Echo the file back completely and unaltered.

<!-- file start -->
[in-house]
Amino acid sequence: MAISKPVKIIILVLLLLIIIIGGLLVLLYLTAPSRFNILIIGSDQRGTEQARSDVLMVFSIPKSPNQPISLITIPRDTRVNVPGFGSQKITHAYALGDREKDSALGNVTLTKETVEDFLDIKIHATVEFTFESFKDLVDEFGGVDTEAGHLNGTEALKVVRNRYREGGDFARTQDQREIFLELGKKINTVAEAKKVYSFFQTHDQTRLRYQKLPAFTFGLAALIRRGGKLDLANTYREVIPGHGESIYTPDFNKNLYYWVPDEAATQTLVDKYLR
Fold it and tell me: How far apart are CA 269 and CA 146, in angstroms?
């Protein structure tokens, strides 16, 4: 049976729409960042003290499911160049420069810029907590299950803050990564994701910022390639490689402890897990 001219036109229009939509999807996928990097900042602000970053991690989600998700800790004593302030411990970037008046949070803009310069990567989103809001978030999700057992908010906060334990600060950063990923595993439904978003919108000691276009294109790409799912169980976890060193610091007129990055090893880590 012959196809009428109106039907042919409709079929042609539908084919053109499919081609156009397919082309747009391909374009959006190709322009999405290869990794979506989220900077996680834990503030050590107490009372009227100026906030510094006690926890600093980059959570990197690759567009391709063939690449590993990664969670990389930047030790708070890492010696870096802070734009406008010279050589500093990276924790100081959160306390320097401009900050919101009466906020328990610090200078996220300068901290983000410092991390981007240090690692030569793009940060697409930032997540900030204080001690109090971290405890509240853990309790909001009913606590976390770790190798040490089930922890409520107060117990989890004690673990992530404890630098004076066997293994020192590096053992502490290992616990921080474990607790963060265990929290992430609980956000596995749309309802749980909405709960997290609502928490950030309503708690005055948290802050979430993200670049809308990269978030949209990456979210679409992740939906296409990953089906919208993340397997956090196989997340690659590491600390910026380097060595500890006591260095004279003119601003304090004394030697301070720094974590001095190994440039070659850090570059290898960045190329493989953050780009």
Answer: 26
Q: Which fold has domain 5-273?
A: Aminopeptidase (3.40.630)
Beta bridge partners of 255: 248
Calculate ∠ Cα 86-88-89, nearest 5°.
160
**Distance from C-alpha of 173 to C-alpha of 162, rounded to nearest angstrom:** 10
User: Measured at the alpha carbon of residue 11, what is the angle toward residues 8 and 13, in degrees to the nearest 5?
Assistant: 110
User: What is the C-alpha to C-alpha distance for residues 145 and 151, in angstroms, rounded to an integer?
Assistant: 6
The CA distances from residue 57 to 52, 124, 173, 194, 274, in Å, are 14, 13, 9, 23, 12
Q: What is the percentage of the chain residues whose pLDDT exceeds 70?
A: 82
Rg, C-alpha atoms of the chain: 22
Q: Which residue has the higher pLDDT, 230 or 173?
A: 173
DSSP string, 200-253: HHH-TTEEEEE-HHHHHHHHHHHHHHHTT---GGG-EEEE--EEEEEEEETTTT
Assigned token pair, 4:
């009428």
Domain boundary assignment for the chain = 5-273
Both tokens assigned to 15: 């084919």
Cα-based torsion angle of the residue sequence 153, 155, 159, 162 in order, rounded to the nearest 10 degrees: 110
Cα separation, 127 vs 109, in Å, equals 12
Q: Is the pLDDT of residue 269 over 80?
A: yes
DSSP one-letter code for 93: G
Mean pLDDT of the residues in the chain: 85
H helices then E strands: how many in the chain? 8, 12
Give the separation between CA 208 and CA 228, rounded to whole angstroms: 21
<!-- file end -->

[in-house]
Amino acid sequence: MAISKPVKIIILVLLLLIIIIGGLLVLLYLTAPSRFNILIIGSDQRGTEQARSDVLMVFSIPKSPNQPISLITIPRDTRVNVPGFGSQKITHAYALGDREKDSALGNVTLTKETVEDFLDIKIHATVEFTFESFKDLVDEFGGVDTEAGHLNGTEALKVVRNRYREGGDFARTQDQREIFLELGKKINTVAEAKKVYSFFQTHDQTRLRYQKLPAFTFGLAALIRRGGKLDLANTYREVIPGHGESIYTPDFNKNLYYWVPDEAATQTLVDKYLR
Fold it and tell me: How far apart are CA 269 and CA 146, in angstroms?
């Protein structure tokens, strides 16, 4: 049976729409960042003290499911160049420069810029907590299950803050990564994701910022390639490689402890897990 001219036109229009939509999807996928990097900042602000970053991690989600998700800790004593302030411990970037008046949070803009310069990567989103809001978030999700057992908010906060334990600060950063990923595993439904978003919108000691276009294109790409799912169980976890060193610091007129990055090893880590 012959196809009428109106039907042919409709079929042609539908084919053109499919081609156009397919082309747009391909374009959006190709322009999405290869990794979506989220900077996680834990503030050590107490009372009227100026906030510094006690926890600093980059959570990197690759567009391709063939690449590993990664969670990389930047030790708070890492010696870096802070734009406008010279050589500093990276924790100081959160306390320097401009900050919101009466906020328990610090200078996220300068901290983000410092991390981007240090690692030569793009940060697409930032997540900030204080001690109090971290405890509240853990309790909001009913606590976390770790190798040490089930922890409520107060117990989890004690673990992530404890630098004076066997293994020192590096053992502490290992616990921080474990607790963060265990929290992430609980956000596995749309309802749980909405709960997290609502928490950030309503708690005055948290802050979430993200670049809308990269978030949209990456979210679409992740939906296409990953089906919208993340397997956090196989997340690659590491600390910026380097060595500890006591260095004279003119601003304090004394030697301070720094974590001095190994440039070659850090570059290898960045190329493989953050780009």
Answer: 26
Q: Which fold has domain 5-273?
A: Aminopeptidase (3.40.630)
Beta bridge partners of 255: 248
Calculate ∠ Cα 86-88-89, nearest 5°.
160
**Distance from C-alpha of 173 to C-alpha of 162, rounded to nearest angstrom:** 10
User: Measured at the alpha carbon of residue 11, what is the angle toward residues 8 and 13, in degrees to the nearest 5?
Assistant: 110
User: What is the C-alpha to C-alpha distance for residues 145 and 151, in angstroms, rounded to an integer?
Assistant: 6
The CA distances from residue 57 to 52, 124, 173, 194, 274, in Å, are 14, 13, 9, 23, 12
Q: What is the percentage of the chain residues whose pLDDT exceeds 70?
A: 82
Rg, C-alpha atoms of the chain: 22
Q: Which residue has the higher pLDDT, 230 or 173?
A: 173
DSSP string, 200-253: HHH-TTEEEEE-HHHHHHHHHHHHHHHTT---GGG-EEEE--EEEEEEEETTTT
Assigned token pair, 4:
């009428």
Domain boundary assignment for the chain = 5-273
Both tokens assigned to 15: 């084919």
Cα-based torsion angle of the residue sequence 153, 155, 159, 162 in order, rounded to the nearest 10 degrees: 110
Cα separation, 127 vs 109, in Å, equals 12
Q: Is the pLDDT of residue 269 over 80?
A: yes
DSSP one-letter code for 93: G
Mean pLDDT of the residues in the chain: 85
H helices then E strands: how many in the chain? 8, 12
Give the separation between CA 208 and CA 228, rounded to whole angstroms: 21